Back to school has come and gone, and hopefully those daily routines that form success have been established – making lunches the night before, laying out the next days clothes, but what about some before bed yoga?
Why Kids Yoga?
While the activities below have many benefits for the parent (mindfulness, breathing awareness, strength and flexibility), it’s important to remember that kids yoga has a slightly different focus, but should have equally (or more) fun!
Keep these four areas in mind when leading a family practice.
- Mindfulness: Consider sitting or lying comfortably together and making thoughtful connections to personal and interpersonal skills such as being a friend, communication skills, coping and management skills, as well as character development.
- Breathing awareness: Being aware of their breathing and using breath can help children to relax, such as before a quiz, sporting game, or performance. Energizing breaths can also be used to help children wake up and be alert.
- The development of physical literacy: This includes helping our children to learn to move with competence, confidence and creativity in a variety of setting. Children who are physically literate have an awareness of the fundamental movement skills (those explored in yoga include balance and stability).
- Most importantly the focus should be on fun! Family yoga should provide opportunities, to laugh, celebrate, and be connected as a family. Hold hands, touch feet, and giggle lots!
It’s important to model and share our love of movement, as we know through research on physical literacy, that active children grow to be active adults. So let’s move together!
Story Telling Fun
Story telling is one of my favourite ways to support kiddies doing yoga. Whether it’s acting out a favourite book while you read along or making up stories as they go, there are many connections that can be made to promote (language) literacy and physical literacy. Try some of these ideas with your kids!
Elephant Trunk Breathing.
Traditionally promotes increased energy. Stand with feet hips width apart. Inhale through your nose reaching your arms (trunk) above your head, on the exhale, release the air through your month as you stretch your trunk down towards your feet.
Parent prompts: As you inhale, how high can you reach your trunk? How close to the floor can you stretch your trunk as you breathe out?
From Mountain Pose, stand on one foot (rooting it into the ground) and place the other foot near the ankle, below the knee on the calf, or above the knee on the thigh (avoid placing the foot on the knee) and keep your hands on your waist in palm to palm in front of the chest. Once stable, stretch both arms (branches) up to the sky, maybe even together above your head.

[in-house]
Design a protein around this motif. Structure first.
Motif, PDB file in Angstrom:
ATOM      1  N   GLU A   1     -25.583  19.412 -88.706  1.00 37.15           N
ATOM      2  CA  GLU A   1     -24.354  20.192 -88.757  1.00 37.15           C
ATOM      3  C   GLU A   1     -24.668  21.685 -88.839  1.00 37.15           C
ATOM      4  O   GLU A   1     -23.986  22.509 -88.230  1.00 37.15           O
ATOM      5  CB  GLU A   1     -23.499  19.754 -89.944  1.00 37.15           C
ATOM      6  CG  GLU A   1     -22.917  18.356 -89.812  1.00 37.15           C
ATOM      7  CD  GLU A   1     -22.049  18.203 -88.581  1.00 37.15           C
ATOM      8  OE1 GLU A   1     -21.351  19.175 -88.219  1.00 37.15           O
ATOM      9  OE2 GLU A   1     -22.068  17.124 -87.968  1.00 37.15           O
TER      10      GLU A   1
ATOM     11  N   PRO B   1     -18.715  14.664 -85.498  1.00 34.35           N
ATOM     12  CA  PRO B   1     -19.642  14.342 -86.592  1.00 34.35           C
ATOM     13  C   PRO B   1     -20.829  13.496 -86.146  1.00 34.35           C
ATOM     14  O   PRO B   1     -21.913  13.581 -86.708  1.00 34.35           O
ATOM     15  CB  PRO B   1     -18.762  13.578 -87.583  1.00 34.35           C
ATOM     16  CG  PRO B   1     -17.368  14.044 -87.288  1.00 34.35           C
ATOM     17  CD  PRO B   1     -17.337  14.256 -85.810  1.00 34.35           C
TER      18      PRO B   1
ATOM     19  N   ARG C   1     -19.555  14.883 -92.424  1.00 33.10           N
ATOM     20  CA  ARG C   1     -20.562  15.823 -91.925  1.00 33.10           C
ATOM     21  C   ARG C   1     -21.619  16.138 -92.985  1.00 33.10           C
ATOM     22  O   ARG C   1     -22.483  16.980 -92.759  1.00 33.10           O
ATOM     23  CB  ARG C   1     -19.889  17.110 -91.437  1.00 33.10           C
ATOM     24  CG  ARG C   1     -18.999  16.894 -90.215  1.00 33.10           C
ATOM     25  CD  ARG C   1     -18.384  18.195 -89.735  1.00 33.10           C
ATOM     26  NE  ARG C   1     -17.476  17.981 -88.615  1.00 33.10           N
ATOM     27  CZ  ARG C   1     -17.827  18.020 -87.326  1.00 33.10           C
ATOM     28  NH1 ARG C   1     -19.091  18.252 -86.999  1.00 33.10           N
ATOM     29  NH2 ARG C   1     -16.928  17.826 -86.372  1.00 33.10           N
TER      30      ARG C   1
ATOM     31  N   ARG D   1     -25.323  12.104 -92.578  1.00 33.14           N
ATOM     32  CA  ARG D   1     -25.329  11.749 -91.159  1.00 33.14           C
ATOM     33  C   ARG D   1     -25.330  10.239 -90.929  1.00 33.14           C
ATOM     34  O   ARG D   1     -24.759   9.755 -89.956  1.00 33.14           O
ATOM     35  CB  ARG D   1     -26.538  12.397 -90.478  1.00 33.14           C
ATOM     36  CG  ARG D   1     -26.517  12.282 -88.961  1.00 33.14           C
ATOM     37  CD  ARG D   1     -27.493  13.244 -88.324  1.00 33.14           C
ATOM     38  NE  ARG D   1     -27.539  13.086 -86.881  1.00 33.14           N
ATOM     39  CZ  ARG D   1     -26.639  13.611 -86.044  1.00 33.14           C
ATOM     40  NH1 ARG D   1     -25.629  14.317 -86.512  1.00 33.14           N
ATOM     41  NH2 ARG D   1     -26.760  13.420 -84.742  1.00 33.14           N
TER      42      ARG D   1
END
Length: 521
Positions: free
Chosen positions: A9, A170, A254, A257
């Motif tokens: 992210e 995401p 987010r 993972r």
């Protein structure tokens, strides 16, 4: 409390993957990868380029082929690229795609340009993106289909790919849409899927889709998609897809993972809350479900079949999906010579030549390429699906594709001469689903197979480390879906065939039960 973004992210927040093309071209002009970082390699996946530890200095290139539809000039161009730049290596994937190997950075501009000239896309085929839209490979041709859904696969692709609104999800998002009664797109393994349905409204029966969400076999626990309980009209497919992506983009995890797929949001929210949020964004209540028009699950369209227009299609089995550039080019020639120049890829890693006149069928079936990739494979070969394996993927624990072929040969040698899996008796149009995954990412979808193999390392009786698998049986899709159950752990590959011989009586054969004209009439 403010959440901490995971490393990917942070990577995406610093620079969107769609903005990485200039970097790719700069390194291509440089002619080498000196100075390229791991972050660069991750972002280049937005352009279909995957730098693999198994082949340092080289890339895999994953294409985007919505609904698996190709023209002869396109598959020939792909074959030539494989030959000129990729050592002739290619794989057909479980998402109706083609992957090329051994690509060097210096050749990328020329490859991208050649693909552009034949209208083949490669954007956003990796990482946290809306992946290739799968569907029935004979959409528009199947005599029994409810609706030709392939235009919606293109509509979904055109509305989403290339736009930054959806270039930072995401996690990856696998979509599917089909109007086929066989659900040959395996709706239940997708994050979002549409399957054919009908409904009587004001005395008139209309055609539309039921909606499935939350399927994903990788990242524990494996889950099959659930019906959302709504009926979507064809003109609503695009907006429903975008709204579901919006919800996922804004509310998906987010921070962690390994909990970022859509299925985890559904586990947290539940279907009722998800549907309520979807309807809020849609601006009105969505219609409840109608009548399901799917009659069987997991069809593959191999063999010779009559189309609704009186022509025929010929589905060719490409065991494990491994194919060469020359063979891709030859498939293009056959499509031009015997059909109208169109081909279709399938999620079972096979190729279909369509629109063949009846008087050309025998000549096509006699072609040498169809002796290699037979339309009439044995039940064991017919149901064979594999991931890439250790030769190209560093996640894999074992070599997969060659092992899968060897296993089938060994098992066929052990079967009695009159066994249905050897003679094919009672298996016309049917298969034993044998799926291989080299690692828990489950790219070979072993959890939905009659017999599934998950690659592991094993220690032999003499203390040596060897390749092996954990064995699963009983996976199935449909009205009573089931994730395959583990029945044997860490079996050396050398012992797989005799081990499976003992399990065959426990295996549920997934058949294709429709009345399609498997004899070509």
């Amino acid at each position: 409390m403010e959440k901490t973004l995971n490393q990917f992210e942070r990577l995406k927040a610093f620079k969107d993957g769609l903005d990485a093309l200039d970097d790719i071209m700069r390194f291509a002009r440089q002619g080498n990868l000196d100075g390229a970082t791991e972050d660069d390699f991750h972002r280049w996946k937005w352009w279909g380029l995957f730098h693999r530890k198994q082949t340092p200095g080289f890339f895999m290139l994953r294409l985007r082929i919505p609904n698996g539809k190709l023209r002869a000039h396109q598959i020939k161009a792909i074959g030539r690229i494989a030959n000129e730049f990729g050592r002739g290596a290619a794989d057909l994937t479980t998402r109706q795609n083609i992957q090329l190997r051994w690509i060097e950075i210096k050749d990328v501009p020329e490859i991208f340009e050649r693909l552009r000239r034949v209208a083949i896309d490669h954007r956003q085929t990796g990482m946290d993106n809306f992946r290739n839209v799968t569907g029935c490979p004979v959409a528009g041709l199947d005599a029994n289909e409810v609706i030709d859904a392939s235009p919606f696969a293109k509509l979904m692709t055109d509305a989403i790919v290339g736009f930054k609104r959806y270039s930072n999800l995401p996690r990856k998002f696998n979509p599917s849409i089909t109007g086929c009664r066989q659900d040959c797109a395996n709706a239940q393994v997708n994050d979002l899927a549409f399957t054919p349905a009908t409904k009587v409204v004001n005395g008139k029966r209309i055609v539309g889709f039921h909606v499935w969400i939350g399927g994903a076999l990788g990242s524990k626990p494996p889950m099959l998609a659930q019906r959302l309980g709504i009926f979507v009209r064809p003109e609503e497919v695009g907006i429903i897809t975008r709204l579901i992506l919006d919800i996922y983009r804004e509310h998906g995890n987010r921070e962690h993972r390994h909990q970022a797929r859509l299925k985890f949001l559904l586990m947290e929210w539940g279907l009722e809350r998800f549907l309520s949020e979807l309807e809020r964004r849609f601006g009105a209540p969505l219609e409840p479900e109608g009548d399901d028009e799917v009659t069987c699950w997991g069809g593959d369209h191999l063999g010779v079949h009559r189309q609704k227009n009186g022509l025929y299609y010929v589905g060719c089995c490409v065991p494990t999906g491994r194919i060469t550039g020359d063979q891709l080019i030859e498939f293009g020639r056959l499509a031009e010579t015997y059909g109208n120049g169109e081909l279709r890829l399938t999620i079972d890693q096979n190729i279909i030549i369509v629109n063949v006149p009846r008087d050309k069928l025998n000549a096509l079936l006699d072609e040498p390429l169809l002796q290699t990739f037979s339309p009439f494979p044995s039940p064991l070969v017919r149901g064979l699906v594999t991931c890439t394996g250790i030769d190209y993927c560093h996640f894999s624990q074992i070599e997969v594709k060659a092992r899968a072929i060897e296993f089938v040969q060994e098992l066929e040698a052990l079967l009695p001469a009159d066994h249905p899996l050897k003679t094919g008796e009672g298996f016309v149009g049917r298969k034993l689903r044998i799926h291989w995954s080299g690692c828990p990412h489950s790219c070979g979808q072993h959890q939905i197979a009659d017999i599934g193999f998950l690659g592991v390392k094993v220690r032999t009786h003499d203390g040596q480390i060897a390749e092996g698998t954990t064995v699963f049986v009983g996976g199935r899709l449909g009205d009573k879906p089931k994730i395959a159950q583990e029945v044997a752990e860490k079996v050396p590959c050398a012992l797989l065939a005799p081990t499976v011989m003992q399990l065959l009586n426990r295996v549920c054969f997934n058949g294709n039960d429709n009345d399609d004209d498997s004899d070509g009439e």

Parent prompts: What kind of tree are you? What happens to your tree when it gets windy? Can you move in the wind?
Downward Facing Dog.
From table top position (on hands and knees), curl your toes under and lift your hips up and back. Stretch your arms and legs long as you try to reach your heels towards the floor.
Parent prompts: What kind of dog are you? What’s your dog’s name? What healthy snacks does your dog like to eat? Can your dog stretch high on his/her toes? What does your bark sound like?
Sit on the floor with knees bent and feet close to your pelvis. Open your knees (opening the wings of your butterfly). Use your peace fingers to hold on to your big toes. Keep the outside of your feet pressing into the floor.
Parent prompts: Where is your butterfly going? Can you flap your wings slow? Can you flap your wings fast? Can you squeeze your wings tight to your body? Can you open your wings wide?
Sit on the floor with knees bent in front of the body and hands beside your seat. Engage the core and lift legs 45-50 degrees relative to the floor, keeping knees bent so shins are parallel to the floor, hands can hold back of knees (making the shape of a boat). If available, consider stretching the legs long and hover hands along the side of the body with core engaged while balancing on your seat.
Parent prompts: Can you row your boat? (Move arms along side of body as if paddling) Can you hold the pose while we sing “Row Row Row Your Boat”? Use this pose while reading/watching/listening to “The Own And The Pussy Cat.”
Face each other with a slight bend in the knee and feet touch. Legs can either by straight or open in a straddle (If partners legs are longer or shorter consider touching anywhere. E.g., feet to knees). Lean forwards to grasp hands (a larger bend in the knee might be needed). Gently pull your partners hands as you lean back. After 10-15 seconds switch and let your partner pull you forward.
Parent prompts: Where do you feel the stretch? How long can you reach your body? Can you reach your stretch right out of the top of your head? Consider chanting “See” as you lean one way and “Saw” as you lean the other.
How do you get active as a family? Let me know in the comments!
Tune in to CH Morning Live on Monday September 28th to see this sequence in action! Missed this mornings show? Watch it here!